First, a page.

Airdrie & Coatbridge Advertiser
Babies born with addiction issues
More than 30 babies born in Lanarkshire in the last four years were suffering from addiction issues at birth,“heartbreaking” new figures have revealed.
Since 2017, 33 babies were found to have neonatal abstinence syndrome (NAS), showing signs of drug addiction because of their mother taking legal or illegal drugs during pregnancy.
The total is likely to be even higher, as NHS Lanarkshire was unable to provide stats for the whole of last year.
The symptoms of NAS, caused by drugs passing from the mother to her foetus’ blood stream during pregnancy, include uncontrollable trembling, hyperactivity, blotchy skin and high-pitch crying.
For 2017/2018 and 2018/2019 there were six cases in each calendar year, rising to nine for 2019/2020 and 12 for 2020/2021.
In total, there were at least 852 cases across the whole of Scotland in the same time period, with the figure almost certainly higher as NHS Fife did not provide any statistics.
The Scottish Liberal Democrats leader Alex Colehamilton, who is also the party’s health spokesperson, said the figures show the need for further investment to combat drug addiction and help recovery.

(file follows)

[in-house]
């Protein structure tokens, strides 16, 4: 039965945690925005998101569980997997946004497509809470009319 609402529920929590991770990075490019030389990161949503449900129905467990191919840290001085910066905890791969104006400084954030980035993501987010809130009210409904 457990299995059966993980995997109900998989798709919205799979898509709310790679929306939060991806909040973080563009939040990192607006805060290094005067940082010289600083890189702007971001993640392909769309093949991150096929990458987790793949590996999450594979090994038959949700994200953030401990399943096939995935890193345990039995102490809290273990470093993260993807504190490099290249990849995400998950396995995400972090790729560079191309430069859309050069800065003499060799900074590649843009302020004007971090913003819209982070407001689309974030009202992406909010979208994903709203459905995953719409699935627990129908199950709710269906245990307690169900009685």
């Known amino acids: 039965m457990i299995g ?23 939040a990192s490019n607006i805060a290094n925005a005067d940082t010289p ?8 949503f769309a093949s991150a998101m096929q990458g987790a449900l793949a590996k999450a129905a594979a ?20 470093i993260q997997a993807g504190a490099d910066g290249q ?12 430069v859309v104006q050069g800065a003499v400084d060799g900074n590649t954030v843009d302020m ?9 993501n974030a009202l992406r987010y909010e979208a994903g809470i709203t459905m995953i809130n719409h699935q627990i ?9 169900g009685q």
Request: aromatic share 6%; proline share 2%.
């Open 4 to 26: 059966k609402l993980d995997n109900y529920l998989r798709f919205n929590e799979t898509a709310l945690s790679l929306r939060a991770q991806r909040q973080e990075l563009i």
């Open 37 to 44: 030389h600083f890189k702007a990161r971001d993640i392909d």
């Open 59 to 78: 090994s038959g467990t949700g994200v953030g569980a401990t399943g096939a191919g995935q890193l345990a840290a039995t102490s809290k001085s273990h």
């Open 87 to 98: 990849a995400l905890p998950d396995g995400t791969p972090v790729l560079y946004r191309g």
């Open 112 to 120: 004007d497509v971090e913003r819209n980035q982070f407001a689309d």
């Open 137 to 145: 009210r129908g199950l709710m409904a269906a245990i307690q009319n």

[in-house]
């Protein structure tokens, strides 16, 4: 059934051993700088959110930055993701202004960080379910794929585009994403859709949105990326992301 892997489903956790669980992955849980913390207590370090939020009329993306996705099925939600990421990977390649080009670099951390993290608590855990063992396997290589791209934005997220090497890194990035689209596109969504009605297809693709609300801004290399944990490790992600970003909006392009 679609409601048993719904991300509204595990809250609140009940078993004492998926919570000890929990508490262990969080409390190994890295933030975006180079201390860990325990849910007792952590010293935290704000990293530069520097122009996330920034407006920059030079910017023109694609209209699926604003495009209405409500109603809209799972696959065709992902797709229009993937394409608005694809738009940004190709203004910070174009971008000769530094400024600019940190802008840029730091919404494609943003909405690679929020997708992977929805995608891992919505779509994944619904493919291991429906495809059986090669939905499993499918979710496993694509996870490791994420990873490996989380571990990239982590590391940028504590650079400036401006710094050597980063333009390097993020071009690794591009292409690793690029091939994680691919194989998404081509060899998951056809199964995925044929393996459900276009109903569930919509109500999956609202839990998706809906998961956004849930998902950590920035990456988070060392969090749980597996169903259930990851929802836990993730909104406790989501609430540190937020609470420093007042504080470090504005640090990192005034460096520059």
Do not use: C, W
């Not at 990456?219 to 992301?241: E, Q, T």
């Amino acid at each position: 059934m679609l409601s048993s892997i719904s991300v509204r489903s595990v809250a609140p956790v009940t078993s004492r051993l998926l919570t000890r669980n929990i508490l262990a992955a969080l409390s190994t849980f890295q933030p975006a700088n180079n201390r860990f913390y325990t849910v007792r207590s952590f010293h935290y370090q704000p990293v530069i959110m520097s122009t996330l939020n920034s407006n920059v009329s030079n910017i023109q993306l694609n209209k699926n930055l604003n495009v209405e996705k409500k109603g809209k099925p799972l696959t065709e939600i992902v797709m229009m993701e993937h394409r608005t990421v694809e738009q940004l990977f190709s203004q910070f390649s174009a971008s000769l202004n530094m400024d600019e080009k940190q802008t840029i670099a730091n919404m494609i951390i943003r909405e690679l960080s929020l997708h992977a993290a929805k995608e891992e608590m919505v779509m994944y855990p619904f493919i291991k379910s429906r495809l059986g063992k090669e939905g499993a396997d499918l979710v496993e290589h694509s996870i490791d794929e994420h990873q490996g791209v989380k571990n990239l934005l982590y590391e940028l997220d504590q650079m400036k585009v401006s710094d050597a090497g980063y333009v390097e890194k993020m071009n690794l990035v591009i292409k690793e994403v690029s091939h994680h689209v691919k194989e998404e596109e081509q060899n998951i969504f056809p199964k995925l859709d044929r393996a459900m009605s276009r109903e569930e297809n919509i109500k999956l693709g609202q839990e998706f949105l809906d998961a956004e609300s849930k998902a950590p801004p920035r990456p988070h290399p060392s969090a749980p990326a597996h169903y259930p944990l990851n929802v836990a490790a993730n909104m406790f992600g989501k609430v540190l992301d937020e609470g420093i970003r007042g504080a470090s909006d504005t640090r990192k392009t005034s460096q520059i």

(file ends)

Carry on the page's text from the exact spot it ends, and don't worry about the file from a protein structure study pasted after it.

He said: “The figures are utterly heartbreaking. It is hard to think of a worse possible start in life for a new-born baby to have to endure.
“In 2016, the Scottish Government slashed funding to drug and alcohol partnerships by more than 20 per cent. Valuable local facilities shut their doors and expertise was lost, which has proved hard to replace.
“Scotland now has its highest ever number of drugrelated deaths. The Scottish Government has belatedly begun to repair that damage but there is so much more to do.
“It is time for radical action, not just to help people struggling with drug misuse today but for future generations too. That means investing in local services which are best placed to intervene to stop lives from being lost and new lives starting dependent on substances.
“Drug misuse should always be treated as a health issue, not a criminal justice matter. Anything else will condemn many more children to be born into these awful circumstances.”
A Scottish Government spokeswoman said: “Increasing investment in local services and providing support to women and families are central to the public health approach being taken in Scotland through our national mission to tackle the drug deaths emergency.
“The national mission is backed up with an additional £250 million to improve and increase access to treatment and recovery services for people affected by problem drug use.
“This government has also agreed in principle to fund a national specialist residential family service which will be run by the charity and housing association, Phoenix Futures, and based in Saltcoats, to support parents along with their children.”